Monday, October 4, 2010

Escape of the Minks

In two countries, Ireland and Sweden, thousands and thousands of minks escaped impending death at mink farms after being released into the wilds. Five thousand minks were set free in Ireland. Of those, more than 100 were captured in traps set by hunters. Associated Press reported that hundreds more were hit by vehicles on nearby busy roads in County Donegal. (Source.) Connie Anderson, a director at Ireland's Anderson's Mink Farm, believes the minks were set free by animal rights activists. As Anderson put it: "These people are animal liberation terrorists and had no thought for the mink or the damage that will be done to other wildlife in the area." Bernie Wright of Ireland's Alliance for Animal Rights shot back:
We have nothing to do with it. However, I commend whoever risked their freedom to do this as these animals have a horrendous life.
An even greater number of minks escaped in Sweden - 17,000 in total - from a farm in Skillingaryd in the southern part of the country. News reports mention something about a busted lock on the cage. (Source.) The minks were valued at $1.2 million U.S. As was the case in Ireland, nobody's taking credit for the freed minks in Sweden. There had been demonstrations outside of the breeding farm earlier in the year, but Swedish animal rights groups aren't fessing up.

Critics of the animal rights movement will probably not miss this opportunity assail the "irresponsibility" of militants in liberating these animals (although it's still unclear that activists had anything to do with these mass releases). No doubt they'll thunder on, self-righteously, about how awful it is to let minks run free. But, whether you approve of these tactics or not, there is no denying that these minks have been given a second chance. And whatever happens to them out in the big, wide, and sometimes dangerous world, one thing is certain: They won't be turned into fur coats for vain and inhumane human beings who can easily find other ways of keeping warm.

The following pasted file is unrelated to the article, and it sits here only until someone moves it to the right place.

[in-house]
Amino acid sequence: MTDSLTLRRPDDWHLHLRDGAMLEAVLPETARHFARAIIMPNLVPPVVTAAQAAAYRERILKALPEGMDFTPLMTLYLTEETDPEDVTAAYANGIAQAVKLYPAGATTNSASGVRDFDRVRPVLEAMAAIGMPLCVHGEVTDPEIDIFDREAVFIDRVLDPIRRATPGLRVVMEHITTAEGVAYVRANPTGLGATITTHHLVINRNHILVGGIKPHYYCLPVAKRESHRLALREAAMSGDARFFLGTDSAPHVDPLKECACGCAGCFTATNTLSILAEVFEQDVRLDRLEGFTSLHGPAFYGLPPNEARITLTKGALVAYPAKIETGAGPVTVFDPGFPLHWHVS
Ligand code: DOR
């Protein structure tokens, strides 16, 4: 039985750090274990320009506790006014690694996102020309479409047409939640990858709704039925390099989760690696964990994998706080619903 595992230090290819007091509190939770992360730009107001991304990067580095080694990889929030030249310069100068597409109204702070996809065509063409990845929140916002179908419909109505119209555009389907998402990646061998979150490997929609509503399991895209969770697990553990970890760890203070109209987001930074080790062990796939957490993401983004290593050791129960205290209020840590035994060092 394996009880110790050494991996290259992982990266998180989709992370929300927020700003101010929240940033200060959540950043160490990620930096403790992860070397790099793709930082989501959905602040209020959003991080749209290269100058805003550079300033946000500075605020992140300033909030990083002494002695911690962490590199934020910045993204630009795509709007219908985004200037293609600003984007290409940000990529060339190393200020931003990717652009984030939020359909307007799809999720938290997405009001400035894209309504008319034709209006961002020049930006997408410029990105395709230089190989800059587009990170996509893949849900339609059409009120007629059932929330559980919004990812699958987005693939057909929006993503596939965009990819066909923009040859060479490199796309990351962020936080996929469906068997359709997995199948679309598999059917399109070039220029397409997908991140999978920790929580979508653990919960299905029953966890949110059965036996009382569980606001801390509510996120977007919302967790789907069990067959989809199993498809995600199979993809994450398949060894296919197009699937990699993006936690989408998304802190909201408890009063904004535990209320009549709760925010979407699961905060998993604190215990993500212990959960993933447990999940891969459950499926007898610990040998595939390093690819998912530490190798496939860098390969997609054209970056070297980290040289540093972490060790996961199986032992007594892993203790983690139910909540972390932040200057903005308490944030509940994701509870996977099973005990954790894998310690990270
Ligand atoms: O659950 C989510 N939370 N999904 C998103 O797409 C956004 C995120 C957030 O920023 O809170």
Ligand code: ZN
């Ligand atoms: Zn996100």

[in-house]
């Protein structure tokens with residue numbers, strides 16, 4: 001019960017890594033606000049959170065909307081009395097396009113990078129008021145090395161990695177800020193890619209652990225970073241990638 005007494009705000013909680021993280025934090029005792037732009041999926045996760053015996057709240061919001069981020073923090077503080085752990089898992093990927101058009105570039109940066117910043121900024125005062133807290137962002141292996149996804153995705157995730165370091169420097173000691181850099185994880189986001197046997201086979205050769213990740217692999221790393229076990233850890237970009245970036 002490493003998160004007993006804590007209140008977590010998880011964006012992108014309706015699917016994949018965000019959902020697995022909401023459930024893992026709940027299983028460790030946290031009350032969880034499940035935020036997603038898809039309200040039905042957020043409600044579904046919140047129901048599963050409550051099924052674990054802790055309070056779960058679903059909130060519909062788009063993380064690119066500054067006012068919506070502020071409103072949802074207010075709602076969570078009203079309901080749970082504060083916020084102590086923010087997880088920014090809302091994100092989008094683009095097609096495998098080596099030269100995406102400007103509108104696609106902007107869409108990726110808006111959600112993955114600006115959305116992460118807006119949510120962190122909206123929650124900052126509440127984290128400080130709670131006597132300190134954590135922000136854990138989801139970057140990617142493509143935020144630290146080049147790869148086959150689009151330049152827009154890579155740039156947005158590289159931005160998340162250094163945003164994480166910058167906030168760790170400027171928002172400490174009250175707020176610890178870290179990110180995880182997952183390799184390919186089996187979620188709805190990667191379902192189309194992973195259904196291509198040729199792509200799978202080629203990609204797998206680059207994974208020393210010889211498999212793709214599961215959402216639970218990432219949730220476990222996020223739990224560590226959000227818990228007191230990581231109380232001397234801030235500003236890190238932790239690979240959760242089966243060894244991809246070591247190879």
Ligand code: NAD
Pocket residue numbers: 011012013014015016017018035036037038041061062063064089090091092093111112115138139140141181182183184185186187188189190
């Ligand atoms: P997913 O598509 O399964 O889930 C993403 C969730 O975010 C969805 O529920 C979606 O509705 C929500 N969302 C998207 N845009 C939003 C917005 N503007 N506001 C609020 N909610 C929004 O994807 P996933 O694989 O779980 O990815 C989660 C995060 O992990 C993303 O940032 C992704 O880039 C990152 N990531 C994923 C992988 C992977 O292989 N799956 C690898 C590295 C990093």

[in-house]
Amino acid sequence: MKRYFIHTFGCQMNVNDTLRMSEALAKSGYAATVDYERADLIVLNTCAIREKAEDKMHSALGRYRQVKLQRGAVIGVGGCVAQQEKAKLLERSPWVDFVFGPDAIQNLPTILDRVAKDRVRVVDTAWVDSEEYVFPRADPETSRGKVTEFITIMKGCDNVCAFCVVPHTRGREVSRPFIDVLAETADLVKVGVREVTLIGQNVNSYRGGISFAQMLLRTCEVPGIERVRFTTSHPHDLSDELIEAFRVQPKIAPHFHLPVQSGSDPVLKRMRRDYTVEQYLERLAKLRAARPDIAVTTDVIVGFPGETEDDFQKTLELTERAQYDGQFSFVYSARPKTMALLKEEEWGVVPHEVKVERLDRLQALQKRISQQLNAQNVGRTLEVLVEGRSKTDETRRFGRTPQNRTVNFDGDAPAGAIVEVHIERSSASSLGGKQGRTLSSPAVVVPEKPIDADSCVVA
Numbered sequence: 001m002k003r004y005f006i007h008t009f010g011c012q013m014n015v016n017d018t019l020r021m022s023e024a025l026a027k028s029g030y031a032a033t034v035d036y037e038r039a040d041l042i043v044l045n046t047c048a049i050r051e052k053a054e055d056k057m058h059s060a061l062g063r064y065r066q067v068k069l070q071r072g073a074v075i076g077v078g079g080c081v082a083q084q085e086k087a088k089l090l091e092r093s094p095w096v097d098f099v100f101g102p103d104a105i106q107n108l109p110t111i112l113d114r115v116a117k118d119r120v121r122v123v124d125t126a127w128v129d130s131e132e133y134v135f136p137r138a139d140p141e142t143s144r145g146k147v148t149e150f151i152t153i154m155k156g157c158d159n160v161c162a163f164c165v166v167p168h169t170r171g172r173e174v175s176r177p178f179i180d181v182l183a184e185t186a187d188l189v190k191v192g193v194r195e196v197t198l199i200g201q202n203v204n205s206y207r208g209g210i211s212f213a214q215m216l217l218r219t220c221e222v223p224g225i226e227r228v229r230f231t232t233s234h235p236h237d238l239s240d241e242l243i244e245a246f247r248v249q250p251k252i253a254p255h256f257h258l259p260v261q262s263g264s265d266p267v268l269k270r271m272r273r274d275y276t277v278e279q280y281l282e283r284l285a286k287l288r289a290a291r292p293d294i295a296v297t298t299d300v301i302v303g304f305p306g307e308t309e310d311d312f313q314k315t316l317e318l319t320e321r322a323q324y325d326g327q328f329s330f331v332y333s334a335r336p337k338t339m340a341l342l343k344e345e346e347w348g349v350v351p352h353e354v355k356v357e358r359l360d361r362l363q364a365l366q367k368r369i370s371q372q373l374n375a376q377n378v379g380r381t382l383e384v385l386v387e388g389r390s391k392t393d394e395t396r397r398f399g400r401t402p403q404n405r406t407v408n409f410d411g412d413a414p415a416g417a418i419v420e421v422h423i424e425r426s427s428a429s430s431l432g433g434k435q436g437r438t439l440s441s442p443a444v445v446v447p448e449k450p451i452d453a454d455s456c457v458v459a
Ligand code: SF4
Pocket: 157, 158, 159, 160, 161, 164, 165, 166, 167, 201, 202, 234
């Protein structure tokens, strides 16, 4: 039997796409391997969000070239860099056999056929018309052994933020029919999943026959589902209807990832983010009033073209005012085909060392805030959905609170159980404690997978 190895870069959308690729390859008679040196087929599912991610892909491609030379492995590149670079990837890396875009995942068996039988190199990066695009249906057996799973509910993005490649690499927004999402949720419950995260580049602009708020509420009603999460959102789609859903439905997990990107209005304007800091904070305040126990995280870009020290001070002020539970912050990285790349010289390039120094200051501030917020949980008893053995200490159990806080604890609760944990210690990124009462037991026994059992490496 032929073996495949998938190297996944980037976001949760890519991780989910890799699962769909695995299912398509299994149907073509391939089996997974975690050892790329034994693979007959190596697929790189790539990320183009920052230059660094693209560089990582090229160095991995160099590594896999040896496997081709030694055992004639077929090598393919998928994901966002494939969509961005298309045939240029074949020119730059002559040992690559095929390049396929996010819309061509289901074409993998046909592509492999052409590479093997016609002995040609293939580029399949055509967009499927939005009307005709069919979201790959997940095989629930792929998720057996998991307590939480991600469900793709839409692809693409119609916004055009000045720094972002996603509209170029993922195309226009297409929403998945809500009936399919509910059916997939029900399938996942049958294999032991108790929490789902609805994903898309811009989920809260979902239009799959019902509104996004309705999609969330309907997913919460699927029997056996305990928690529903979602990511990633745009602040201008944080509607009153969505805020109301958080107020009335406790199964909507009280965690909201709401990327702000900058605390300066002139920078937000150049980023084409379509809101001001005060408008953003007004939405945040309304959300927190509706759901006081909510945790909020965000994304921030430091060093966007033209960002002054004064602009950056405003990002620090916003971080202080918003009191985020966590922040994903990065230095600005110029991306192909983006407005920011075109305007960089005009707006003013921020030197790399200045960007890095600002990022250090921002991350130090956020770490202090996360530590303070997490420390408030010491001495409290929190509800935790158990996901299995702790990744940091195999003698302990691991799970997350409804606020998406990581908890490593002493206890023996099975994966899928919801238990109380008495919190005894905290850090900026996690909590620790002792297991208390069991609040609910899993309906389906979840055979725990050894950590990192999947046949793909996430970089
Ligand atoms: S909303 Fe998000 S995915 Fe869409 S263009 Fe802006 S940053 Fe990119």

3 comments:

  1. I don't think it is self-righteous to state that releasing 17,000 mink in one area is inevitably going to lead to the utter devastation of wildlife habitats there. Its not an understatement to say that the introduction of so many predators to one area is an environmental catastrophe.

    That's not to say that the release was unjustified but it's important to properly explore the point of view of those who oppose this act.

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  2. That's an excellent point, Jomeo. I suppose when I said that, I was directing my words at those who see this as a black and white issue and who see animal rights activists as some sort of terrorists or evildoers. I do agree, though, that a release on this scale is so massive that it is bound to upset the ecosystem and I don't want to see that happen. In my follow-up post, I mention that instead of releasing minks, the ideal thing to do would be to ban the fur trade altogether because it's so cruel. I stand by that. I actually share your mixed feelings, even though that might not have come across.

    Thanks for posting!

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